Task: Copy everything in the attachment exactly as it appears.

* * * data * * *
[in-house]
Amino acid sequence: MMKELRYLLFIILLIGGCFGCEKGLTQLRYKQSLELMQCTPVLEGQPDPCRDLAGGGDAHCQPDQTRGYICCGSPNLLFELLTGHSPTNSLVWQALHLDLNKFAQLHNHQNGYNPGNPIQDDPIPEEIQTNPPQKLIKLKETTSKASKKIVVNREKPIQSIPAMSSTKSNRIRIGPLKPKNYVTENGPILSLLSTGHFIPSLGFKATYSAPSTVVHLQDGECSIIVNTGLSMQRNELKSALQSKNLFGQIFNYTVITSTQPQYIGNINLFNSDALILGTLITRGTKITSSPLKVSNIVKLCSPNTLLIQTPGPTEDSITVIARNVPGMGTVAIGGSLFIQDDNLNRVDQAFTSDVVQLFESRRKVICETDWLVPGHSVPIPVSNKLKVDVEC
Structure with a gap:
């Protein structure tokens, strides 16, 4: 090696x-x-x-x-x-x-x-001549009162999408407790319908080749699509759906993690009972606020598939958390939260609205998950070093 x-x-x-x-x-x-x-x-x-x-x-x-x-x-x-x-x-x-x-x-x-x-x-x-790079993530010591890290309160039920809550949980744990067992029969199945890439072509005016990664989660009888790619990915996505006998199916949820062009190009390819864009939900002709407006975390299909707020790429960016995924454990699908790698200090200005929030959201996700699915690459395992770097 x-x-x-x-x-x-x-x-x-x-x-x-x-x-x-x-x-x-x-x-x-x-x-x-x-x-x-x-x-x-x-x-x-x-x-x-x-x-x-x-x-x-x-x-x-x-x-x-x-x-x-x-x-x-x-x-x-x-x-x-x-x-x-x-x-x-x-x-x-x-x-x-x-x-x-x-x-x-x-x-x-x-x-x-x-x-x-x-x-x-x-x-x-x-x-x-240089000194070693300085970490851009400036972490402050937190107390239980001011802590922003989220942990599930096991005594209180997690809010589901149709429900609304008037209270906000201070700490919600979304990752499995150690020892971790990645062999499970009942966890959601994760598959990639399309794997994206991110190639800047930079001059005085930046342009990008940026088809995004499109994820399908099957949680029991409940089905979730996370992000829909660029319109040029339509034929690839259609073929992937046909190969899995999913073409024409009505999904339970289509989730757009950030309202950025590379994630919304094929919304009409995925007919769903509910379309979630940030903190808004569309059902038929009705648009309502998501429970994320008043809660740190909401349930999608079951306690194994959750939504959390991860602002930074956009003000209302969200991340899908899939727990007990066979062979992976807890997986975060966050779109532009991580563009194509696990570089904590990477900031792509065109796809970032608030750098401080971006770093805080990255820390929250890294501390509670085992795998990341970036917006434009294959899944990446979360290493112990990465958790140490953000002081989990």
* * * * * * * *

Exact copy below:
[in-house]
Amino acid sequence: MMKELRYLLFIILLIGGCFGCEKGLTQLRYKQSLELMQCTPVLEGQPDPCRDLAGGGDAHCQPDQTRGYICCGSPNLLFELLTGHSPTNSLVWQALHLDLNKFAQLHNHQNGYNPGNPIQDDPIPEEIQTNPPQKLIKLKETTSKASKKIVVNREKPIQSIPAMSSTKSNRIRIGPLKPKNYVTENGPILSLLSTGHFIPSLGFKATYSAPSTVVHLQDGECSIIVNTGLSMQRNELKSALQSKNLFGQIFNYTVITSTQPQYIGNINLFNSDALILGTLITRGTKITSSPLKVSNIVKLCSPNTLLIQTPGPTEDSITVIARNVPGMGTVAIGGSLFIQDDNLNRVDQAFTSDVVQLFESRRKVICETDWLVPGHSVPIPVSNKLKVDVEC
Structure with a gap:
């Protein structure tokens, strides 16, 4: 090696x-x-x-x-x-x-x-001549009162999408407790319908080749699509759906993690009972606020598939958390939260609205998950070093 x-x-x-x-x-x-x-x-x-x-x-x-x-x-x-x-x-x-x-x-x-x-x-x-790079993530010591890290309160039920809550949980744990067992029969199945890439072509005016990664989660009888790619990915996505006998199916949820062009190009390819864009939900002709407006975390299909707020790429960016995924454990699908790698200090200005929030959201996700699915690459395992770097 x-x-x-x-x-x-x-x-x-x-x-x-x-x-x-x-x-x-x-x-x-x-x-x-x-x-x-x-x-x-x-x-x-x-x-x-x-x-x-x-x-x-x-x-x-x-x-x-x-x-x-x-x-x-x-x-x-x-x-x-x-x-x-x-x-x-x-x-x-x-x-x-x-x-x-x-x-x-x-x-x-x-x-x-x-x-x-x-x-x-x-x-x-x-x-x-240089000194070693300085970490851009400036972490402050937190107390239980001011802590922003989220942990599930096991005594209180997690809010589901149709429900609304008037209270906000201070700490919600979304990752499995150690020892971790990645062999499970009942966890959601994760598959990639399309794997994206991110190639800047930079001059005085930046342009990008940026088809995004499109994820399908099957949680029991409940089905979730996370992000829909660029319109040029339509034929690839259609073929992937046909190969899995999913073409024409009505999904339970289509989730757009950030309202950025590379994630919304094929919304009409995925007919769903509910379309979630940030903190808004569309059902038929009705648009309502998501429970994320008043809660740190909401349930999608079951306690194994959750939504959390991860602002930074956009003000209302969200991340899908899939727990007990066979062979992976807890997986975060966050779109532009991580563009194509696990570089904590990477900031792509065109796809970032608030750098401080971006770093805080990255820390929250890294501390509670085992795998990341970036917006434009294959899944990446979360290493112990990465958790140490953000002081989990």